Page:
Chapter 16

Vineyard Nutrient Management

Macronutrients and Micronutrients


Role and Deficiency Symptoms

Magnesium has several functions in the plant. It is the central component of the chlorophyll molecule—the green pigment responsible for photosynthesis in green plants. Magnesium also serves as an enzyme activator of a number of carbohydrate metabolism reactions. In addition, the element has both structural and regulatory roles in protein synthesis.

Magnesium symptoms appear in mid- to late season and include marginal leaf yellowing or reddening of basal leaves, which extends to the interveinal area, while the mid-vein region remains green (See Figure 16.5). Magnesium is mobile within the vine and, under deficient conditions, is readily translocated from older to younger tissue.

Assessing the Need for Magnesium Fertilizer

As with most other macronutrients, tissue sampling can be used to determine the vines’ magnesium status. Tissue analysis results (Table 16.3) coupled with visual observations should indicate whether to apply magnesium.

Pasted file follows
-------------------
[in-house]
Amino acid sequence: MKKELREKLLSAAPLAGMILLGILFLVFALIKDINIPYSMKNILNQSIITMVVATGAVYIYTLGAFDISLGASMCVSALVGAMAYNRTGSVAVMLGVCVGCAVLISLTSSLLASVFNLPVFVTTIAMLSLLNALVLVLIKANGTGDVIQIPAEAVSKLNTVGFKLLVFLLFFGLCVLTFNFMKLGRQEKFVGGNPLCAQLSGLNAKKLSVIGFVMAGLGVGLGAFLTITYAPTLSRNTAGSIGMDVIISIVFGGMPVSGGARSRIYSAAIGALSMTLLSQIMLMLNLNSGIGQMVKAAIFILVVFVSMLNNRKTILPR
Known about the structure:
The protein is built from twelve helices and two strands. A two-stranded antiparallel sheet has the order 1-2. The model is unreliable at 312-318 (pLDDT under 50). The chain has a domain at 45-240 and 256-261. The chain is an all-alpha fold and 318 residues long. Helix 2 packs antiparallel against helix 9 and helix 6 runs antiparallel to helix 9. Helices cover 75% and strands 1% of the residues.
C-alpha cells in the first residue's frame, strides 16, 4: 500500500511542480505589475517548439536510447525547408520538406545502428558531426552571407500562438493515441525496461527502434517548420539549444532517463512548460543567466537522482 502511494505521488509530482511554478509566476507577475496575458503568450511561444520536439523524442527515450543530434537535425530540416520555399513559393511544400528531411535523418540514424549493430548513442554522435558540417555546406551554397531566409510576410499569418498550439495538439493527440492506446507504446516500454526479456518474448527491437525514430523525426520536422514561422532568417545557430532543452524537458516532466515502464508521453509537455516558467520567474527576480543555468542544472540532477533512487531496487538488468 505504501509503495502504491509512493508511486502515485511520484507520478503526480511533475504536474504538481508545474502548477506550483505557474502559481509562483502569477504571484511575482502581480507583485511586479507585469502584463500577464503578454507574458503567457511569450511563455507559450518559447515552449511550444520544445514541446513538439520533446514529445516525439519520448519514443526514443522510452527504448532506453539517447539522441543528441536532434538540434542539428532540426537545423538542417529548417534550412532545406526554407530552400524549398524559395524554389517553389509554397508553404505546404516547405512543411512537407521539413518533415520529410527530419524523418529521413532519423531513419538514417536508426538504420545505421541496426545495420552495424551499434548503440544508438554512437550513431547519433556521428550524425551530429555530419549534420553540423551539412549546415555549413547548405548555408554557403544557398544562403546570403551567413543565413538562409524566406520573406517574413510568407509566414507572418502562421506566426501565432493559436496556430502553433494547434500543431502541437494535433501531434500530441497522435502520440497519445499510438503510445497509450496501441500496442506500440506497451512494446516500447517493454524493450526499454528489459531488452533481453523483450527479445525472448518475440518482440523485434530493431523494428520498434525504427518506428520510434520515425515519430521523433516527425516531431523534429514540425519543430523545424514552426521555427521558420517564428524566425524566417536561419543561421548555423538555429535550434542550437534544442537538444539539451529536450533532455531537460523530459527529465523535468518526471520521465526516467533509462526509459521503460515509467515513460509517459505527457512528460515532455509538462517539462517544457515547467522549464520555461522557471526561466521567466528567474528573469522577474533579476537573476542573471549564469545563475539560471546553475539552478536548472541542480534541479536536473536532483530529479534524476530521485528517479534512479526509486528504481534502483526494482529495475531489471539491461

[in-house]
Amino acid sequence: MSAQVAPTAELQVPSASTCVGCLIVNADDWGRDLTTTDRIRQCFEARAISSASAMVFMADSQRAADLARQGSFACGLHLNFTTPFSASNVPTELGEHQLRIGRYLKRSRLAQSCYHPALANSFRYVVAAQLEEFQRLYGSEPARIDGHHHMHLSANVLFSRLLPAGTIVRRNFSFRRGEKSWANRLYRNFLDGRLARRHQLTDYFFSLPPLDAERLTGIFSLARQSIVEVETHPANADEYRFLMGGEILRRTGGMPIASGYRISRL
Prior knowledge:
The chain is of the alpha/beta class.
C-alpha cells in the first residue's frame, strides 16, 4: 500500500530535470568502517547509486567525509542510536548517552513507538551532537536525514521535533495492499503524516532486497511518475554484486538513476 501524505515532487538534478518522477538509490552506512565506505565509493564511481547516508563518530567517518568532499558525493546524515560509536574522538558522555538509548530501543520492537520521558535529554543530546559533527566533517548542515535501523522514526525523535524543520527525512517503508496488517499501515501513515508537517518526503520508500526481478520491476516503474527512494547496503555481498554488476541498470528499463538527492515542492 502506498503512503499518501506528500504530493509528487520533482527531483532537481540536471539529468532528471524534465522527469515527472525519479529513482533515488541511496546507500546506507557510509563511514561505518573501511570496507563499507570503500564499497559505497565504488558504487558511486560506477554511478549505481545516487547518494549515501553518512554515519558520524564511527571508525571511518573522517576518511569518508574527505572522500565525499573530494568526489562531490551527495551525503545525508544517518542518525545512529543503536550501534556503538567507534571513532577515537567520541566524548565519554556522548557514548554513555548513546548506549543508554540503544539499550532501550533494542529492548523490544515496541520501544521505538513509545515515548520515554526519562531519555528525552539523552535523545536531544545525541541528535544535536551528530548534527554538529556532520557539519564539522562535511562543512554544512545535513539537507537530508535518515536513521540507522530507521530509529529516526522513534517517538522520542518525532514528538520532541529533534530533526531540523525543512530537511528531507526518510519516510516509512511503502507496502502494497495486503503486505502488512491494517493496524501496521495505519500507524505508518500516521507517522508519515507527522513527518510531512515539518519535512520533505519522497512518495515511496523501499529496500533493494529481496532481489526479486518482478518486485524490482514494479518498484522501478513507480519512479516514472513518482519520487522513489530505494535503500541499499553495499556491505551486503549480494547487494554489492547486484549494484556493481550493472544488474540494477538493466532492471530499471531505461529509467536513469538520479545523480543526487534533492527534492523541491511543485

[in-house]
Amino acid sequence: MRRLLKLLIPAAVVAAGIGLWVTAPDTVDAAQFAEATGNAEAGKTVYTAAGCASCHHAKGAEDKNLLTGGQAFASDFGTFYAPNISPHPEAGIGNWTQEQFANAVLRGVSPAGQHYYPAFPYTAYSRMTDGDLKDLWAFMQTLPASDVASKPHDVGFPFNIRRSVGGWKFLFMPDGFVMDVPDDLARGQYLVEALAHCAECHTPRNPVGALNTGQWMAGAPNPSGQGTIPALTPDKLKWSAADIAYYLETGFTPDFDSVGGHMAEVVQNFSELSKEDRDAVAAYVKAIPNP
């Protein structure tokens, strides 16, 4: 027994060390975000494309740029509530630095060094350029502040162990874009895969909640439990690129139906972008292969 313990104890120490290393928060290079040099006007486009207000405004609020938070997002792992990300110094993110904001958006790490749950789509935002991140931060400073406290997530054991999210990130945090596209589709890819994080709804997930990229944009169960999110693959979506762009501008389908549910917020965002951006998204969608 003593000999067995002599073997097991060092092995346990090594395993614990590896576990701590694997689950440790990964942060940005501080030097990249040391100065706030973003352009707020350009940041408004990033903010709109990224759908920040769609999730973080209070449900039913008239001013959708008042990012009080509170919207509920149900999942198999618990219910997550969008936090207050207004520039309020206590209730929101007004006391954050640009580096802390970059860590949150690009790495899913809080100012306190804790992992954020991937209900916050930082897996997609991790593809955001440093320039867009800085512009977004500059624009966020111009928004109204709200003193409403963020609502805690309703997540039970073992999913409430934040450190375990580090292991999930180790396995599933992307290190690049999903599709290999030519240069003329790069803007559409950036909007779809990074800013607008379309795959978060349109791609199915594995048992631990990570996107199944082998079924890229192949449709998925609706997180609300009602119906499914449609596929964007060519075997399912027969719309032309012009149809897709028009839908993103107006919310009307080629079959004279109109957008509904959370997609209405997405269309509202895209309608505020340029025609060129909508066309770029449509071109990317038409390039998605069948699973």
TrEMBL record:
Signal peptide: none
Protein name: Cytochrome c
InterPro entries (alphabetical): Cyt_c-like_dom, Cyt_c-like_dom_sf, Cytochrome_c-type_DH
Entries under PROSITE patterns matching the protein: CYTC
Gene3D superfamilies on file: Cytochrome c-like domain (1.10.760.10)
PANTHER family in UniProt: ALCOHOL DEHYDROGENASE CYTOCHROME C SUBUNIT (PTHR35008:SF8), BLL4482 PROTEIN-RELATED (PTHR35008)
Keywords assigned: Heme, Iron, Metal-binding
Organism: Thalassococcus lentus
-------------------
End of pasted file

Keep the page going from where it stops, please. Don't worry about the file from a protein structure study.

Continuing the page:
Time of Application

Magnesium can be applied almost any time of the year because it is not rapidly leached through the soil profile.

Application Methods

Direct Soil Surface Application: Dry magnesium fertilizers are applied directly to the soil surface either as broadcast or banding. Broadcasting potassium fertilizers over the entire vineyard is less efficient and less economical. If banded, the magnesium fertilizer should be applied in a 3 to 5 feet (0.9 to 1.5 m) wide band, parallel to the row. Take care to keep the band 18 to 24 inches (46 to 61 cm) away from the base of the vines.

Fertigation: Magnesium applied by drip irrigation offers better control of application.

Foliar Application: The use of foliar spray with macronutrients has limited benefits when compared to micronutrients.

Soil Factors Affecting Availability

Magnesium deficiency is often observed where vines are grown in soils of low pH (less than 5.5) as well as high pH soils and where potassium is abundantly available.

Magnesium Toxicity

Problems associated with high magnesium soils may include the following; reduced vine growth and crop load, potassium deficiency, poor soil structure, and slow water infiltration.

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